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Endesa - Electricity, Gas, People

Experiments with children for understanding static electricity

Published on January 8, 2019

The most successful way to learn is to play. We propose four experiments, so that both adults and children can delve into the scientific method and enjoy physics

1. The balloon that wanted to fly

Inflate a balloon, tie and rub it several times on a piece of felt or a wool sweater.

Move it closer to the ceiling and magic! The balloon "sticks" to the ceiling. It's a way of showing children the power of static electricity.

2. Crazy hair

For this trick, we'll need a balloon again. Again, rub it against a piece of felt or woollen fabric and then pass it through your hair... you'll see how your hair comes to life! 

This is another example of static electricity that will surprise little apprentices.

3. Chaos in the kitchen

If you can't find a balloon, you may have a jar of clear glass, a plastic spoon, a little salt and some pepper in your pantry.

Mix salt and pepper inside the jar and prepare to separate them thanks to the static electricity.

It's very easy: take the plastic spoon, rub it against your clothes or hair and pay attention to what happens to the spoon. If you look, both the salt and pepper will be attracted by the spoon, which is loaded with energy, but only the pepper will become "stuck".

4. The snake is alive!

This experiment is more fun, but requires an ingredient that we may not have at home (but it is easy to find in any stationery store): Crepe paper, also known as China paper

Apart from that, you need pencils or markers, scissors, a plastic ruler and a garment of wool.

Draw a snake on the paper and cut it out. Then, rub the ruler against the woollen garment to create an electrical charge. The ruler will attract the paper snake, which, as it is very light, will rise from the table.

But why does this happen?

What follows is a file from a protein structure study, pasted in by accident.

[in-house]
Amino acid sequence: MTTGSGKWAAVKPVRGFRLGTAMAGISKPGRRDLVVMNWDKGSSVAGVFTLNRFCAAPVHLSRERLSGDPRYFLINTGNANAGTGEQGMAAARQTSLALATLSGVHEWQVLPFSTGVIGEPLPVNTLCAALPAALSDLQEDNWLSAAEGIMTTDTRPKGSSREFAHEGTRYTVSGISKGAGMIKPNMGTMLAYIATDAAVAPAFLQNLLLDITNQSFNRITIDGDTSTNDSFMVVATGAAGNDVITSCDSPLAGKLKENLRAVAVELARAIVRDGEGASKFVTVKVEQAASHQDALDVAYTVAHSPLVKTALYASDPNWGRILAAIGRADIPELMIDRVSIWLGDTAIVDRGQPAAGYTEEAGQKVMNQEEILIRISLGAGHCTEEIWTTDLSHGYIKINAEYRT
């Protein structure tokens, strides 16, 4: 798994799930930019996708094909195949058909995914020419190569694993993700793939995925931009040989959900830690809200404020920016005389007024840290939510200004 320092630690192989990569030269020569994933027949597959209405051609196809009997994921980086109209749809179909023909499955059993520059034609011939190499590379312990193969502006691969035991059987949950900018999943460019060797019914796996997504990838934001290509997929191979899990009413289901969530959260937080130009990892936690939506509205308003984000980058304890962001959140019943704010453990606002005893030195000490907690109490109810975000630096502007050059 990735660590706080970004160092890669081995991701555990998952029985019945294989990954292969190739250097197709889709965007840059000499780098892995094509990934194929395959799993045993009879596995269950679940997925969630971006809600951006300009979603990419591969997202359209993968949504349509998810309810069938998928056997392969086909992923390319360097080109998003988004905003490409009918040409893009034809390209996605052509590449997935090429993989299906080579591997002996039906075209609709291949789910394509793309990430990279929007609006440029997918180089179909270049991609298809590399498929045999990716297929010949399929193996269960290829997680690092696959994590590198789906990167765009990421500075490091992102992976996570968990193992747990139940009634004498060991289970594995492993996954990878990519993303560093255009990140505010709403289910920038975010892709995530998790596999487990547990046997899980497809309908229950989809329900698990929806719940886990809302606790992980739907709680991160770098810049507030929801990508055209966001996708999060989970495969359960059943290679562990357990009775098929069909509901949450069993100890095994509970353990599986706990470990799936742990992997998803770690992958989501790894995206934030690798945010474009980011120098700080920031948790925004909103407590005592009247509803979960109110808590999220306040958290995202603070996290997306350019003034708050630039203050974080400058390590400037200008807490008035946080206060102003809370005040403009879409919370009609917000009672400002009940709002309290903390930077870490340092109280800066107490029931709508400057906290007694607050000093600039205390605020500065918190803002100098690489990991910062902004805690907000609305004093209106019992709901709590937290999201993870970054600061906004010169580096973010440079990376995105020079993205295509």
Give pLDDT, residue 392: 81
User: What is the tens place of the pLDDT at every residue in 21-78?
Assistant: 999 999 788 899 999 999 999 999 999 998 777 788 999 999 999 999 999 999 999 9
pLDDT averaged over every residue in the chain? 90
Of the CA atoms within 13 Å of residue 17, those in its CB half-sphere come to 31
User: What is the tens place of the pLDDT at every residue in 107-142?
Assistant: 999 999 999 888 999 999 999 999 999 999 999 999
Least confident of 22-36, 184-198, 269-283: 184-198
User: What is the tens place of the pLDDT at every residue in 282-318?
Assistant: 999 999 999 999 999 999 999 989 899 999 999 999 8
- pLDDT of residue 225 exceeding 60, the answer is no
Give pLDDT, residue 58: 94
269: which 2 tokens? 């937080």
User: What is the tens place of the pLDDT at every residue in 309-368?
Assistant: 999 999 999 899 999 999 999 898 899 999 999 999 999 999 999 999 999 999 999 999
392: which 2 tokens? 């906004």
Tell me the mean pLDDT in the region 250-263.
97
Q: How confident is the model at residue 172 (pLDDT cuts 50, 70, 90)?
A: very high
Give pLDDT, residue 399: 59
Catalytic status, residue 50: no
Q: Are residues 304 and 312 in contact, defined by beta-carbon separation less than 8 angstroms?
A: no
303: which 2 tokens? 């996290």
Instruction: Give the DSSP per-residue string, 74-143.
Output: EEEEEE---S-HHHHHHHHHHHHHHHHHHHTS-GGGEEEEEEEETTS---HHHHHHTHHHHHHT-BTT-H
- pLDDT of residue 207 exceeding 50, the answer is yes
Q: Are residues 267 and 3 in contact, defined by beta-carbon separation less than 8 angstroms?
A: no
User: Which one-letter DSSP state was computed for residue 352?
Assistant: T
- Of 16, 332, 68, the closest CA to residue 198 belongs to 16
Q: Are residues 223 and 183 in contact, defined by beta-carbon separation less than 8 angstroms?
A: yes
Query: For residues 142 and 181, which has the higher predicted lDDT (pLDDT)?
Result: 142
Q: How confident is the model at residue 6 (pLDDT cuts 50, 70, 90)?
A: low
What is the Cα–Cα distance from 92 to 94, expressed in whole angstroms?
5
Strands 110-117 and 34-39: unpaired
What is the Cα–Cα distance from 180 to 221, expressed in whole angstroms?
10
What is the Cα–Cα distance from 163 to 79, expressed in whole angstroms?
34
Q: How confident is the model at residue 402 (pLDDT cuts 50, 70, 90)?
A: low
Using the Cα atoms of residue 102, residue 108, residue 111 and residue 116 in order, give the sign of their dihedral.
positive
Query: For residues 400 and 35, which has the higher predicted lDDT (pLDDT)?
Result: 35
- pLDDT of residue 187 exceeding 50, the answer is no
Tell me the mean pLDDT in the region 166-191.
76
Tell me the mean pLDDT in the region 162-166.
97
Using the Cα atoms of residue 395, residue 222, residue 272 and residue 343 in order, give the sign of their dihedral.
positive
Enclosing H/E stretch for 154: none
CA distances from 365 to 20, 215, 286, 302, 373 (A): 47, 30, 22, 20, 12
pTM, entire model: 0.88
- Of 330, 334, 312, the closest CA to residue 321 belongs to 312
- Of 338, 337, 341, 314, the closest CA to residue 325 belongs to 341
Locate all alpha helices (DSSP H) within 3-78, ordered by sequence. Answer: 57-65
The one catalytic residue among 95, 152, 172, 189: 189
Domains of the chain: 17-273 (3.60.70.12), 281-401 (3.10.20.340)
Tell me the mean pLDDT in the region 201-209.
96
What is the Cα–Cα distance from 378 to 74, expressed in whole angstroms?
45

• For adults:the material is made up of atoms. And atoms are composed of protons, neutrons and electrons. Electrons revolve around a nucleus formed by protons and neutrons. If we draw two materials close together, electrons usually jump from one to the other. There are materials that, on losing electrons, are left with positive charge (hair, wool or glass) and materials that are left with negative charge (balloon, cellophane, soft-drink bottles). Materials with an opposite load will be attracted, whilst those with the same load will be repelled. How does this process differ from the electricity that illuminates our bulbs? In the fact that the electron flux that has been established is not constant, given that the electron transfer occurs only while there is friction. On the other hand, the electricity in our bulbs depends on a constant flux of electrons that uses different conductive materials.
  • For children: We need to tell them, in a simple manner, that electrons are invisible and jump from one material to another. Opposites attract: positive charge to negative charge. and likes repel. The charge depends on the material that the objects we use in each experiment are made of.

An extra trick: Are they potatoes or are they batteries?

For this final experiment, we put static electricity aside.

Did you know that potatoes can generate electricity? You can do it at home. You only need:

  • A wooden board or a firm carton.
  • A cable.
  • A switch.
  • A bulb socket.
  • A light bulb.
  • Insulating tape.
  • Strong scissors or pliers (to cut the cable).
  • A pair of electrodes made of different material (you can use two types of coins, any penny currency and any coin of one or two euros).
  • Four or five potatoes.

Assemble a simple circuit with the potatoes. If you put the potatoes in series, you increase the voltage. If you put them in parallel, you increase the current.

Use the coins as electrodes (place one of each material on each potato). When you turn on the switch... you will see how the light bulb lights up!

Why do potatoes generate electricity?

Actually, potatoes don't generate electricity. They're not a battery nor accumulator. The energy is there, it's not a mirage, and that's why the light bulb turns on. But electricity is produced by a reduction-oxidation reaction.

The potato is, in fact, an electrolyte. If we have an electrode of copper (the coin) and another of zinc (the ascorbic acid contained in the potato) in an electrolyte, the reduction-oxidation reaction is triggered. Keep in mind that the reaction will last as long as the electrolyte solution lasts.

Energy surrounds you and, if you know how to use it, you can light bulbs merely with the help of a few potatoes.